Mark Jankowski’s immediate NHL future seems to be the biggest conversation topic among Calgary Flames fans right now. I certainly believe keeping Jankowski in the NHL is the best move for all parties involved, but I can’t tell you I’m overly confident that’ll end up happening. For a variety of different reasons, though, keeping Jankowski with the Flames is the team’s best play here.
This is a somewhat pressing issue thanks to the pending return of Jaromir Jagr. Eligible to come off IR at anytime, all signs seem to point to a Thursday return for Jagr, and if not then at some point during this seven-game home stand. For that to happen, Calgary will have to make room for him on the active roster. In analyzing why Jankowski shouldn’t be the odd man out, despite his waiver exempt status, I came at it from a few different angles.
Through four games of his most recent recall, Jankowski is still looking for his first NHL point. With most of his time spent with Sam Bennett and Curtis Lazar on a line, Jankowski has looked decent but not remarkable at the highest level. The most important thing here is that, unlike plenty of other AHL call-ups, Jankowski hasn’t looked out of place playing in the NHL.
Head coach Glen Gulutzan has certainly tailored Jankowski’s minutes so as not to throw him to the wolves. He’s mostly been matched against opposing third and fourth lines and fed a steady dose of offensive zone starts. In saying that, though, at least Jankowski has done a passable with what he’s been given to work with.
From a possession standpoint, Janowski has been average in relation to how many offensive starts he’s seen. On the bright side, though, it’s not like he’s getting eaten for lunch, either. Matched up against the likes of Lars Eller, Kyle Brodziak, and Frederick Gaudreau, Jankowski has won the on-ice shot attempt battle more often than not. That’s to be expected relative to his usage, but at least he’s not underwater. At five-on-five, Jankowski’s high danger scoring chance for and against ratio is 6-2, which also gets the job done.
While it’s true Jankowski hasn’t been spectacular in his four games this season, a little context is needed when evaluating his place on the Flames. Specifically, it’s important to compare Jankowski to the other candidates Calgary would consider sending to the American League to make room for Jagr.
Realistically, those candidates would be Freddie Hamilton, Tanner Glass, Curtis Lazar, and Matt Stajan. You can yell “Troy Brouwer” all you want at your screen, but it’s not going to happen; his $4.5 million cap hit ensures that. The same is true for Bennett, as his waiver status and 2014 draft position render an AHL assignment totally unrealistic. We’re left, then, with a group of four.
I’ll be honest, I don’t think Stajan is a realistic possibility, either. His cap hit isn’t that much lower than Brouwer’s, so the financial/business component still likely plays a part. On top of that, Stajan hasn’t been anywhere near as ineffective as many have suggested. He’s still a useful fourth line centre and carries a lot of weight in the locker room, so don’t expect to see his name on waivers anytime soon.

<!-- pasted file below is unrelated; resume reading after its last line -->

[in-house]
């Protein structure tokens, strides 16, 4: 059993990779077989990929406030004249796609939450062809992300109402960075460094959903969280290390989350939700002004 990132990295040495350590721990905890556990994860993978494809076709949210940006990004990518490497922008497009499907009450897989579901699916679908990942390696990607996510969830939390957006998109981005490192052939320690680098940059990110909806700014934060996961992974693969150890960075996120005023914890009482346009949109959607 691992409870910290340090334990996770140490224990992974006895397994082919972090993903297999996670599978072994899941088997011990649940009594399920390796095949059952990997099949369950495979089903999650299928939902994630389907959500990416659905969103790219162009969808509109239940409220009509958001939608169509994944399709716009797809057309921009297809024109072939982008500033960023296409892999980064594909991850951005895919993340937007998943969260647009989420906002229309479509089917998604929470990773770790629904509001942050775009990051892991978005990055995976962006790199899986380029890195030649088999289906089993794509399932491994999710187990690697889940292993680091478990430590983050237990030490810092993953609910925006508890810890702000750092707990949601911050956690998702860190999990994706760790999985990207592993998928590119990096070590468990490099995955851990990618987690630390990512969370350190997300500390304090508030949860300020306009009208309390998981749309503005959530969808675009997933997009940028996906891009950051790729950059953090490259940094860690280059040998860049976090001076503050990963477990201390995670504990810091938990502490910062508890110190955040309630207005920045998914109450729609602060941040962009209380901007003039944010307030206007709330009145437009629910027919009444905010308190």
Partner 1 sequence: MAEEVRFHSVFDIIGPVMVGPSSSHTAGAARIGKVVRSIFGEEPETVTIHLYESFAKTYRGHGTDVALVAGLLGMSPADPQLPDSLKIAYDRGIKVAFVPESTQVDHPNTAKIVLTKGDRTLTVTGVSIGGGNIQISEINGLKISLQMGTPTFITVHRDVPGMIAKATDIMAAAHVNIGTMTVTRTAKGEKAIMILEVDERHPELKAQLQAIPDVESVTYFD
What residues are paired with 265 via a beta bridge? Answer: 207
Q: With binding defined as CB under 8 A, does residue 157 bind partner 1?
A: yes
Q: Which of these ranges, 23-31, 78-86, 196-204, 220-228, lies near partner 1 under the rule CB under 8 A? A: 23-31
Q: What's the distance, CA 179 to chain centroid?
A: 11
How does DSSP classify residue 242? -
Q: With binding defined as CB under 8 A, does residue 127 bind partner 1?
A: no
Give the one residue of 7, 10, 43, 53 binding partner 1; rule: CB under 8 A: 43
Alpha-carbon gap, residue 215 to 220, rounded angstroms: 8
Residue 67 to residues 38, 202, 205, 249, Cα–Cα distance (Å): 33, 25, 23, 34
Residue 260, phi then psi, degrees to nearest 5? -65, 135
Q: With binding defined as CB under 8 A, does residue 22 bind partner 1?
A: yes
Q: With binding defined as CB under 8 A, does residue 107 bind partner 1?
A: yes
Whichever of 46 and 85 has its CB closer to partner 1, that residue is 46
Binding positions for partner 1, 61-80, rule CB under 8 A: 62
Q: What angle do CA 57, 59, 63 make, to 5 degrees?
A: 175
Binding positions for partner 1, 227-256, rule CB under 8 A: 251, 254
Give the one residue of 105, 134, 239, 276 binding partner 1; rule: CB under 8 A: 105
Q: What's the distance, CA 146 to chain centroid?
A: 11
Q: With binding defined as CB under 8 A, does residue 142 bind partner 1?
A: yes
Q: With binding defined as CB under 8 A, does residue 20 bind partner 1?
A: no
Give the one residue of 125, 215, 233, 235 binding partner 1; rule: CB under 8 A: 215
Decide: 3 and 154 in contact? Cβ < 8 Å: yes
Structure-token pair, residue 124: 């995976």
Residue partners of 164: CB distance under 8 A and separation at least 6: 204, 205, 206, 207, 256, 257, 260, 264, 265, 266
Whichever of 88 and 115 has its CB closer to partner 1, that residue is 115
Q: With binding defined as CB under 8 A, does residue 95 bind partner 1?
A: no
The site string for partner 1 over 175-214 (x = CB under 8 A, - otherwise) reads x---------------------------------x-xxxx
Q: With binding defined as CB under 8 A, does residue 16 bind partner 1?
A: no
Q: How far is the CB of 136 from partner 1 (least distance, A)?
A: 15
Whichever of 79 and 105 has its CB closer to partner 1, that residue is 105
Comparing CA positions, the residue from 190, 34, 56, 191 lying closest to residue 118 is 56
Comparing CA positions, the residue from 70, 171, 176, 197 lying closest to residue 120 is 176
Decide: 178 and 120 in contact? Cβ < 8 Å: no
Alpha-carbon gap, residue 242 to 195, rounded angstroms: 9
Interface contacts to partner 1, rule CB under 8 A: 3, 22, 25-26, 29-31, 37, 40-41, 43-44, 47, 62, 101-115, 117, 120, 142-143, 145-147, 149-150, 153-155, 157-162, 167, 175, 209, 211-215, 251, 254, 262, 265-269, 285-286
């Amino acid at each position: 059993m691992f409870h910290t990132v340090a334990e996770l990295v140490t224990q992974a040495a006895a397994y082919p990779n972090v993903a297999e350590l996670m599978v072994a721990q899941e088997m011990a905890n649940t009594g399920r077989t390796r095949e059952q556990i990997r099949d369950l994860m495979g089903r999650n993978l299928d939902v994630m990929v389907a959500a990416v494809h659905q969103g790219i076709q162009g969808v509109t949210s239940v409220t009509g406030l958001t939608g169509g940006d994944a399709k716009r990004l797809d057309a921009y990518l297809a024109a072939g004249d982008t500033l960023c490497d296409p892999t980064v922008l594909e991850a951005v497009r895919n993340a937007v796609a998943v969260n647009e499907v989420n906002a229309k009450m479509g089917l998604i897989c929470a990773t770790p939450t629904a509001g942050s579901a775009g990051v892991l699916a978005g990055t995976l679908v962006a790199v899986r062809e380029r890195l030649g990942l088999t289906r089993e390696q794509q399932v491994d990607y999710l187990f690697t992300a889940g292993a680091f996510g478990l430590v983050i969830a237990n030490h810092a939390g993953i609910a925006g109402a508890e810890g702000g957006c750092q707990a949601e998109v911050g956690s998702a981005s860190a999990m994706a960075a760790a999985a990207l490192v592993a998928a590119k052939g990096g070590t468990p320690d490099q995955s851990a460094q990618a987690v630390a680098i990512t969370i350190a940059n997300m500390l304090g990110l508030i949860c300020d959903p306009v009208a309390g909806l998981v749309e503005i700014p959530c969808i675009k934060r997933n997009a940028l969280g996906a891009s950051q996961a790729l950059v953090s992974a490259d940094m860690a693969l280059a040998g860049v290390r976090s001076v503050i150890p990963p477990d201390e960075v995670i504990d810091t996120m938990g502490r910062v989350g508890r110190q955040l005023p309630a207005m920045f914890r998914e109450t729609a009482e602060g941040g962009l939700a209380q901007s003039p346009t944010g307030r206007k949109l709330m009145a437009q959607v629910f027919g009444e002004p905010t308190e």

On merit, I think you can make a strong argument Jankowski deserves to be in Calgary over Hamilton, Glass, and Lazar, though. The Flames have played 12 games this season and Hamilton has played in just two of them, meaning Jankowski has already played more than he has. As such, it seems hard to understand how Hamilton would be prioritized in this situation, even if he is a decent 13th/14th forward.
I know we all love Lazar’s smile, attitude, and work ethic, but he’s just not an effective player right now. Lazar’s two-way game hasn’t been good, he’s not producing, and Gulutzan has used him up and down the depth chart without finding a fit. I know Calgary gave up a second round pick to acquire Lazar in March and there’s a small risk of losing him on waivers, but that shouldn’t be a determining factor.
And then there’s Glass who truly is what he is, despite how much I despise that saying. He’s a negative possession player who, at 33, has no upside. In saying that, though, he hasn’t been terrible for what he’s been asked to do. The Flames signed him to add to the physical side of their game and he’s done that in a fourth line role, and the team hasn’t been crushed with him on the ice.
From a strict development standpoint, I honestly think Jankowski is just as well served playing in the NHL as he is in Stockton. Yes, he’s going to play more, and in more situations, with the Heat, but there’s also the matter of whether Jankowski has outgrown the AHL. To me, he’s proven everything he needs to in the minors: he excels there and scores at a high rate.
At the same time, though, I’ve had more than one NHL executive tell me the league can “ruin as many young players as it helps”. In Jankowski’s case, though, we’re not talking about a 19- or 20-year-old player coming out of the CHL. He’s 23, has four years of NCAA hockey and a full year of pro under his belt, so I don’t think playing bottom six minutes in the NHL is going to stunt him.
If you believe everything we’ve heard from the Flames this year, this is a team wanting to win now. If that’s the case, shouldn’t the number one priority be icing the best possible lineup on a nightly basis? And, if the answer to that question is yes, then Jankowski belongs on the NHL roster even after Jagr returns.
Even pushing the development conversation to the side, Jankowski is an upgrade on players like Hamilton and Lazar right now. For a team looking to win, that should be enough to make this an easy decision. The fact it’s likely the best thing for Jankowski just makes his argument to stay even more convincing.